India's first 'village of books' comes up in Maharashtra; will promote tourism and Marathi language
After this book village is opened, the ratio of book to person in Bhilar, Maharashtra will be 1:1.
A village of books in Maharashtra, called 'Pustakanche Gaon' in Marathi, is set to open on 4 May 2017. Stretched over 2 km, it is located at Bhilar, which is roughly 8 km away from the hill station of Panchgani.
Pravin Bhilare, a resident of this village, provided his premises for the purpose of stacking books for public reading. Apart from this, roughly 25 other premises including three temples, two schools, several houses and homestays in the Bhilar village have been offered up for this cause.
75-odd artists were asked by the Maharashtra government to paint the premises that are to be used for public reading. Last week, the artists participated in a three-day painting camp to cover the walls with paintings and graphics that indicated which genre of books are placed there, resembling the demarcations used in libraries. Each of the 25 premises have different paintings.
"These artists voluntarily accepted our invitation and boarded a bus to Mahabaleshwar to paint the walls in the village with their imagination. The outcome was amazing and for people to see," said minister Vinod Tawde.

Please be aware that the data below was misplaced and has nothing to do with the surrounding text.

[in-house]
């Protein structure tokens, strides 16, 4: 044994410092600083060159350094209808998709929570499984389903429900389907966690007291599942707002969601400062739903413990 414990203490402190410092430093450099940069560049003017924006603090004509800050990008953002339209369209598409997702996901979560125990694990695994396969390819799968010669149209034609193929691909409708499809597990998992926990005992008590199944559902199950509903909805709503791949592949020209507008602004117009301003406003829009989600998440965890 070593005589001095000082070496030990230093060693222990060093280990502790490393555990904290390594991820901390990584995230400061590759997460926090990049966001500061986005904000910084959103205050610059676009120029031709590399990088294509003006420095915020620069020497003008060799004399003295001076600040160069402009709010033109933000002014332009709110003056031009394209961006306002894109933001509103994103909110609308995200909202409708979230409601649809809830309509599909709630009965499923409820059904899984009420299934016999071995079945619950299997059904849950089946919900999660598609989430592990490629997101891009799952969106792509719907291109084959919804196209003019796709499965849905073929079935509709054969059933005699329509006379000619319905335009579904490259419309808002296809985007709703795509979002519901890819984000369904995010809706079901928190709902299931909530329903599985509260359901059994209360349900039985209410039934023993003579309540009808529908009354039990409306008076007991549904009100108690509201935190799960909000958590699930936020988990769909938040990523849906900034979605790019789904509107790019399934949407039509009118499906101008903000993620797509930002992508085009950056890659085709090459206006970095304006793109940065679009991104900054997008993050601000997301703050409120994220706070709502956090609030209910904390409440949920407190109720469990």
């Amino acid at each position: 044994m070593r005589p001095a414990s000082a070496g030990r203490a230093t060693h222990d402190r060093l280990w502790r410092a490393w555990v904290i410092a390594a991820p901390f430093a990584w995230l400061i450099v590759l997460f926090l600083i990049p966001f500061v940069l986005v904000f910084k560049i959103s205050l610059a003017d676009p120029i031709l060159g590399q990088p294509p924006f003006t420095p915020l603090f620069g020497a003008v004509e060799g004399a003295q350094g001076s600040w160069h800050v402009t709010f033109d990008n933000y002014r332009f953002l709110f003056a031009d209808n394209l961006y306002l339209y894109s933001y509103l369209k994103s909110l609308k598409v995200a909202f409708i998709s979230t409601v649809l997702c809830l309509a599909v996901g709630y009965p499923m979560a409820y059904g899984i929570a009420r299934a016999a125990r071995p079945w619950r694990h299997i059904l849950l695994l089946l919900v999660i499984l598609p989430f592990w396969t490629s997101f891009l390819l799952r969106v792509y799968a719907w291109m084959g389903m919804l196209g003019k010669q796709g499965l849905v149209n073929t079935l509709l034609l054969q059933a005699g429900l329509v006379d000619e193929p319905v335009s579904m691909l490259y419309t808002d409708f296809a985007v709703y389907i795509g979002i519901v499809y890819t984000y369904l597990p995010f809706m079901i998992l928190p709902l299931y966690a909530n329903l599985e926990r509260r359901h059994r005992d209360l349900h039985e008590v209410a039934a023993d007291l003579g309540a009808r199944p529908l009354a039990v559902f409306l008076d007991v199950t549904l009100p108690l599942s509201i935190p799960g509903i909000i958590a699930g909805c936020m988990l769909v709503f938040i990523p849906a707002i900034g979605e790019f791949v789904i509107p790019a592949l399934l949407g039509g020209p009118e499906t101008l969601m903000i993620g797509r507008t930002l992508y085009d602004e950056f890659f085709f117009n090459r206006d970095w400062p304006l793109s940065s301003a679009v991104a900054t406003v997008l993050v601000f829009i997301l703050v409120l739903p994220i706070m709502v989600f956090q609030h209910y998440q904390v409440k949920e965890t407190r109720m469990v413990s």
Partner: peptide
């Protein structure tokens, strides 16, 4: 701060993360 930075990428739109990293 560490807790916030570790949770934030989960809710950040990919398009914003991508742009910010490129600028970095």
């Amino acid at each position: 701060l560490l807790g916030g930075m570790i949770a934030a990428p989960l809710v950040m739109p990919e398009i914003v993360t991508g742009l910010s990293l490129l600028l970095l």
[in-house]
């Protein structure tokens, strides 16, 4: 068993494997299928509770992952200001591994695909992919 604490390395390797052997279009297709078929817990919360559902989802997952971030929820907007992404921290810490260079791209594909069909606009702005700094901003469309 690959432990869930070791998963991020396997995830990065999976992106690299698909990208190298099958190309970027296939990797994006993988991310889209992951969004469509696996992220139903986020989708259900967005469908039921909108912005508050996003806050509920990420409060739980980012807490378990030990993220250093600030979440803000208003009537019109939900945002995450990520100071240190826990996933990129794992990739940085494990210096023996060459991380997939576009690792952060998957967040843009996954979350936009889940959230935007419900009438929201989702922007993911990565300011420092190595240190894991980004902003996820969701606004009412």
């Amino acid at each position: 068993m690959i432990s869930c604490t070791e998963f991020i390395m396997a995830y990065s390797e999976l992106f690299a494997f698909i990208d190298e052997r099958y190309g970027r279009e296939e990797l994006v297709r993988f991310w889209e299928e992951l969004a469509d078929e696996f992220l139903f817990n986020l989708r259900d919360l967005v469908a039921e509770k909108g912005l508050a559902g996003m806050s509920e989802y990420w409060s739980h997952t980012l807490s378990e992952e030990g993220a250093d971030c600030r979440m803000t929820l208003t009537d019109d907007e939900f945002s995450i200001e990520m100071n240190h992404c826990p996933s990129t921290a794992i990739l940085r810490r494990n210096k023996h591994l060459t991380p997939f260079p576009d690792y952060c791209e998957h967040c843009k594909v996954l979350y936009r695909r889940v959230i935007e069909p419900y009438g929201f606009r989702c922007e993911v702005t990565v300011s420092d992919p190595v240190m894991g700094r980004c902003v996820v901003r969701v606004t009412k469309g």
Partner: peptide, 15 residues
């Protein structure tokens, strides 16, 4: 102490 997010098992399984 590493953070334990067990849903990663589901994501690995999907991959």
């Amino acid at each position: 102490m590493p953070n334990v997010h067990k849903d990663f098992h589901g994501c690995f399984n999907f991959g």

This initiative was crowd-sourced by inviting artist and art-lover network Swatva, which operates over Whatsapp, to decorate the village.
Bhilar is likely to have the highest per capita availability of books for any village in the country, as 10,000 books will be made available for reading for a population of 10,000 people. This means that the ratio of book to person will be 1:1. This village earns Rs 40-50 crore annually from its produce of strawberries.
Tawde also praised the people of the village, describing them as enthusiastic and saying that they understood the concept very well. The idea for this book village is inspired by Hay-on-Wye, a Welsh town known for its book stores and literature festivals. The Bhilar book village was supposed open in November 2015, as announced by Tawde himself.
The minister said that the village will have an Indian look, and that the goals behind setting it up were promoting tourism and the Marathi language.
As of now, all the books provided by the Maharashtra government are in Marathi. Books written in Hindi and English will be added to this collection, and they will comprise roughly 15-20% of the total books. Author interactions, literary events and book-reading sessions will also be conducted in the village.
It is being reported that Chief Minister Devendra Fadnavis is likely to attend the inauguration of this village of books.
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